I will admit that I thought I had a pretty good handle on relational dislocation, until Tuesday evening. Some friends and I went to an open house in Boise for a new nonprofit organization we all support. The venue was The Bishops’ House, now near the old penitentiary. It’s a big old house with a large wrap around porch.
Two experiences stood out. Inside the house the conversation was lively, so lively that we had to stand close to one another to hear. You know that buzz in a loud, indoor, crowded setting? I could not remember the last time I had experienced it and finally I had to excuse myself and go out onto the porch. That’s where I ran into my second experience.
I ended up in a fun conversation with people from two other nonprofits I like: the literary organization The Cabin and the Idaho Community Foundation. Suddenly I was not just citizen Meggan, also child of God, I was Pastor Meggan who serves the church with the affordable housing and the garden. Did I have a business card? I could not just put my contact information in the chat. I suddenly realized how out of practice I am networking.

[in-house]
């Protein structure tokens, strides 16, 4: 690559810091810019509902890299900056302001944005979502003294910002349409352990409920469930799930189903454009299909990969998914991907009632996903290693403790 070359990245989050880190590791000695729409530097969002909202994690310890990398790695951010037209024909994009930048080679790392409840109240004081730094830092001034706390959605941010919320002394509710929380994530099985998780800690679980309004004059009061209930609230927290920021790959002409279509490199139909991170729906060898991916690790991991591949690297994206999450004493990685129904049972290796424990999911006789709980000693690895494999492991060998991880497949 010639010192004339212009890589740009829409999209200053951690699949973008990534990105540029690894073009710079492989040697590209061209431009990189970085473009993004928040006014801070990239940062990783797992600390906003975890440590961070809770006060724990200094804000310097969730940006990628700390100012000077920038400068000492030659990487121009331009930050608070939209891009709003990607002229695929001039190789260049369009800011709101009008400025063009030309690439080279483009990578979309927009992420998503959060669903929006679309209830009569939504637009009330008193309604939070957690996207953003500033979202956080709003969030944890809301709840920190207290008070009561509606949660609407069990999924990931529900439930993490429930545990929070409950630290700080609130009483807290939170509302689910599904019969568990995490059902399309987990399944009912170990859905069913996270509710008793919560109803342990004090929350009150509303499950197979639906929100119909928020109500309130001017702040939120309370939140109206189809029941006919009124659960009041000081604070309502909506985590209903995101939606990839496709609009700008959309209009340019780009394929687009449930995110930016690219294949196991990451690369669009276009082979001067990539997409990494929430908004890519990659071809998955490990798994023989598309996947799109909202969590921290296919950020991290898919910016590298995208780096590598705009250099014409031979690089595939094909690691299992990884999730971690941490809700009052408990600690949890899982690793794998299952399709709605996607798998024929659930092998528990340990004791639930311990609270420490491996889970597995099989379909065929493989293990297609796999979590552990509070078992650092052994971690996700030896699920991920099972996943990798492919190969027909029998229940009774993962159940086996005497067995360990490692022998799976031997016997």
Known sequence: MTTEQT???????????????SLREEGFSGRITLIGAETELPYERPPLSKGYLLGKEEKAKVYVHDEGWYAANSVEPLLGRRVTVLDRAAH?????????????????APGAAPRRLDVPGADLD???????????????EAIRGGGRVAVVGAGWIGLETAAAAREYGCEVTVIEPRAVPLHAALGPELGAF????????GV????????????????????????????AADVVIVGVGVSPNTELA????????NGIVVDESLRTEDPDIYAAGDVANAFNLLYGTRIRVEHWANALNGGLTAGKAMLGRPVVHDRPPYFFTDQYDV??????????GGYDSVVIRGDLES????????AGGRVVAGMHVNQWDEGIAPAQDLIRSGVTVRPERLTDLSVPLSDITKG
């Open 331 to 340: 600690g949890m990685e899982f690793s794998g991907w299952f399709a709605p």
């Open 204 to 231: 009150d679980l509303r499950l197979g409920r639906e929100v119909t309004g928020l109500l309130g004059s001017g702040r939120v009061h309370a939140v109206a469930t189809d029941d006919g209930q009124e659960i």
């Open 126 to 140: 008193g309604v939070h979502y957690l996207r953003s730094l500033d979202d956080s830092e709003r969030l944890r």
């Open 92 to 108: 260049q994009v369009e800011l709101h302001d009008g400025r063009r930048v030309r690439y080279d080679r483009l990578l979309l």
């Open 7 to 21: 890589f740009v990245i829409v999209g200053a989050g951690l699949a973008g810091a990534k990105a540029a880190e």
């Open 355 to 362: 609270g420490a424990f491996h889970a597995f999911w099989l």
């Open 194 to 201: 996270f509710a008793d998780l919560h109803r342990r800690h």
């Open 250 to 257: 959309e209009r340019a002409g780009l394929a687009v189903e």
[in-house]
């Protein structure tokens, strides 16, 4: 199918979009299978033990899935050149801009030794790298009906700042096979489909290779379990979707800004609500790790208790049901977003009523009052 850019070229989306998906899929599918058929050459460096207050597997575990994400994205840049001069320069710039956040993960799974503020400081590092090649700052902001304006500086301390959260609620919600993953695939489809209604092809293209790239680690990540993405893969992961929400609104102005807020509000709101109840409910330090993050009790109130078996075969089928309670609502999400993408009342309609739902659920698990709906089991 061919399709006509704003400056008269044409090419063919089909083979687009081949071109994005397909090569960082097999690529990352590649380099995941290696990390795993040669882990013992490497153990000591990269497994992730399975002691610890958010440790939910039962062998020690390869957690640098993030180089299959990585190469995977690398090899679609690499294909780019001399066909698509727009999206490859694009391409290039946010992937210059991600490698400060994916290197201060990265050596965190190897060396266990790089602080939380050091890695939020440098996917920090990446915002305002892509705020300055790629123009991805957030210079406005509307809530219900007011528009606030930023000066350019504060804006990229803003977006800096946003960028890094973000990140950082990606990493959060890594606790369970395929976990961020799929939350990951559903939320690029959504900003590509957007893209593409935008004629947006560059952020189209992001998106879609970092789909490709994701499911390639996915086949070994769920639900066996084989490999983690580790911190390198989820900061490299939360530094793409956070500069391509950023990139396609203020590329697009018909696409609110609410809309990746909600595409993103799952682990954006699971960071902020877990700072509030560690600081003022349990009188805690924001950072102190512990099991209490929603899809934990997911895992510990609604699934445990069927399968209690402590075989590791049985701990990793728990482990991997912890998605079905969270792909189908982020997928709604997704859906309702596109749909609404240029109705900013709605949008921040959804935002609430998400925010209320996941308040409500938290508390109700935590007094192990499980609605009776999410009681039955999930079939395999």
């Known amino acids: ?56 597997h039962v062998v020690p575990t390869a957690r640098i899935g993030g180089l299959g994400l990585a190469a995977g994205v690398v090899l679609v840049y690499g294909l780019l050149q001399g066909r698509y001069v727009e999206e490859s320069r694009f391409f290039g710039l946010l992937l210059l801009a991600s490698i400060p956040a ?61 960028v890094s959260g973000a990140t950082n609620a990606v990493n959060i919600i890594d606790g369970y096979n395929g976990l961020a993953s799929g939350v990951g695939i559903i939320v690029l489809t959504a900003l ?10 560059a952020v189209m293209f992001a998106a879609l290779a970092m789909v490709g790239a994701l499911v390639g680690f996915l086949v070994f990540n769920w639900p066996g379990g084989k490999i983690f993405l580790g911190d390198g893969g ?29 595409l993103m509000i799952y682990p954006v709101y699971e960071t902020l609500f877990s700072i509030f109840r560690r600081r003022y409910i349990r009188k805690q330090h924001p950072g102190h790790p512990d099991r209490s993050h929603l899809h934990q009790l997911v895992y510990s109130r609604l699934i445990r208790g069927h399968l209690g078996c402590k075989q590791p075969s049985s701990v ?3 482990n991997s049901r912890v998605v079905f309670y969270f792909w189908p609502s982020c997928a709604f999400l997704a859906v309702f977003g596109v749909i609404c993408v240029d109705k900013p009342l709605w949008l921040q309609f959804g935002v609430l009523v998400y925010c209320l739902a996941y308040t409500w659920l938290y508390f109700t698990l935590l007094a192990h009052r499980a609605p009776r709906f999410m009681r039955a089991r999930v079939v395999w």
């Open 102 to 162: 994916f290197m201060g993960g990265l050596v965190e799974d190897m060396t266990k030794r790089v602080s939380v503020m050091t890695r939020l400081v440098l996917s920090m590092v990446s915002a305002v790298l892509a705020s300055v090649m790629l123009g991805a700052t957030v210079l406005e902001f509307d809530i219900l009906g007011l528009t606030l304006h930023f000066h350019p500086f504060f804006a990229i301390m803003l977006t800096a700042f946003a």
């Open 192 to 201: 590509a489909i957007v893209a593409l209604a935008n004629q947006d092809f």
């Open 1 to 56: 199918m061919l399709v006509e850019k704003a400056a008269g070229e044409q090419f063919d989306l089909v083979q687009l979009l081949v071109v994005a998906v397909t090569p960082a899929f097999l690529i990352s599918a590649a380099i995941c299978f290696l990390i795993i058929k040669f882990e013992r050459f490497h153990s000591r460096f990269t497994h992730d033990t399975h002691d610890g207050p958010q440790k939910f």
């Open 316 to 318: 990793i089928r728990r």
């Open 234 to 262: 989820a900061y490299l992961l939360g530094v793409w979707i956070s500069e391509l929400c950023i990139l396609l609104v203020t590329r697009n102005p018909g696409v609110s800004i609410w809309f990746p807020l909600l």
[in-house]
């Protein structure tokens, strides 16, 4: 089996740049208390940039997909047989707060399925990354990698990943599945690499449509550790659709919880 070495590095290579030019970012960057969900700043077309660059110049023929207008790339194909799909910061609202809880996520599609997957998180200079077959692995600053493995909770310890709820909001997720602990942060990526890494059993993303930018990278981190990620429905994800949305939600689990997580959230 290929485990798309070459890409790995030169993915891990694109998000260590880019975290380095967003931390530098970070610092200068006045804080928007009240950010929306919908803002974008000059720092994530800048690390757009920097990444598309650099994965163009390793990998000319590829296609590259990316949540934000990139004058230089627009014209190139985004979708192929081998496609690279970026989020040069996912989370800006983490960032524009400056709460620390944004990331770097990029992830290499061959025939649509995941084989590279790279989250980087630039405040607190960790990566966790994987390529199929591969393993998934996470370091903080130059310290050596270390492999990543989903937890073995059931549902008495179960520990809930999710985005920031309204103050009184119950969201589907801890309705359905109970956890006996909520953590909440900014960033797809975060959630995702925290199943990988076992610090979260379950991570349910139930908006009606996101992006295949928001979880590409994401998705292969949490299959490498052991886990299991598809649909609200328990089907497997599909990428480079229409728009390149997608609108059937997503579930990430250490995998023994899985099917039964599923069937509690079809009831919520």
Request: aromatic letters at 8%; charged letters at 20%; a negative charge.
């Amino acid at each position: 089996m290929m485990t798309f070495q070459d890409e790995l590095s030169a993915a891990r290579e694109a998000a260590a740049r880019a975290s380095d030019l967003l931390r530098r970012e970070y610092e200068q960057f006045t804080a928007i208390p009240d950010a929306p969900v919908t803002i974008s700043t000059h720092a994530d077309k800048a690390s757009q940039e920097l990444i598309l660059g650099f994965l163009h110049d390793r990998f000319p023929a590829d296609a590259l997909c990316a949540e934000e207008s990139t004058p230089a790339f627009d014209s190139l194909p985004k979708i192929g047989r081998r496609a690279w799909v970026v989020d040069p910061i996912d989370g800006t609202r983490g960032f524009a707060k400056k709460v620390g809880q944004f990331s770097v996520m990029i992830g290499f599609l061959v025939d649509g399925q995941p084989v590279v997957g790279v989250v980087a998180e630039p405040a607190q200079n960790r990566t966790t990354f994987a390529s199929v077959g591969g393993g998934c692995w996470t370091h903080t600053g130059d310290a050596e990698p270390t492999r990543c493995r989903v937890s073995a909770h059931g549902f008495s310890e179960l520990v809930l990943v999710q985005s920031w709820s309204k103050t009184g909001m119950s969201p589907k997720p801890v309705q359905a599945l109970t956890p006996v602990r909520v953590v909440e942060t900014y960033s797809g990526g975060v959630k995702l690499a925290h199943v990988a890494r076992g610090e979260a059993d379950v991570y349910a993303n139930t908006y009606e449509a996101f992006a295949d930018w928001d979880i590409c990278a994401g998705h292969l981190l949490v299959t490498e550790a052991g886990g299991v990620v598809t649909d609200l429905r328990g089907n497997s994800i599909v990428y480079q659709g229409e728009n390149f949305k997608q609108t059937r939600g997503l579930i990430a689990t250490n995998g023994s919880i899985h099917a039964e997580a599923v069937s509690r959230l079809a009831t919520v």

It was an energizing evening but when the three of us got in the car to drive back to Nampa we confessed being exhausted. That was the evening of the big windstorm, which seemed to represent what was going on in my insides after such a social few hours. And it’s not that I will now avoid such events; I simply need a bit of practice. Many of us are relationally dislocated. Some practice and intentional reflection will help us get relational relocated.
Our stories today from Mark’s gospel are all about relationships. We might say that these two incidents together help us understand each of them. They both involve women in crisis—in fact we do not know them by their names but by their needs. They were not outsiders to begin with but both are now subject to the taboos around the mysterious power of life (blood) and the even more mysterious (and seemingly unconquerable) power of death. Neither the bleeding woman nor the dead girl should be touched, at the risk of conveying their uncleanness to others.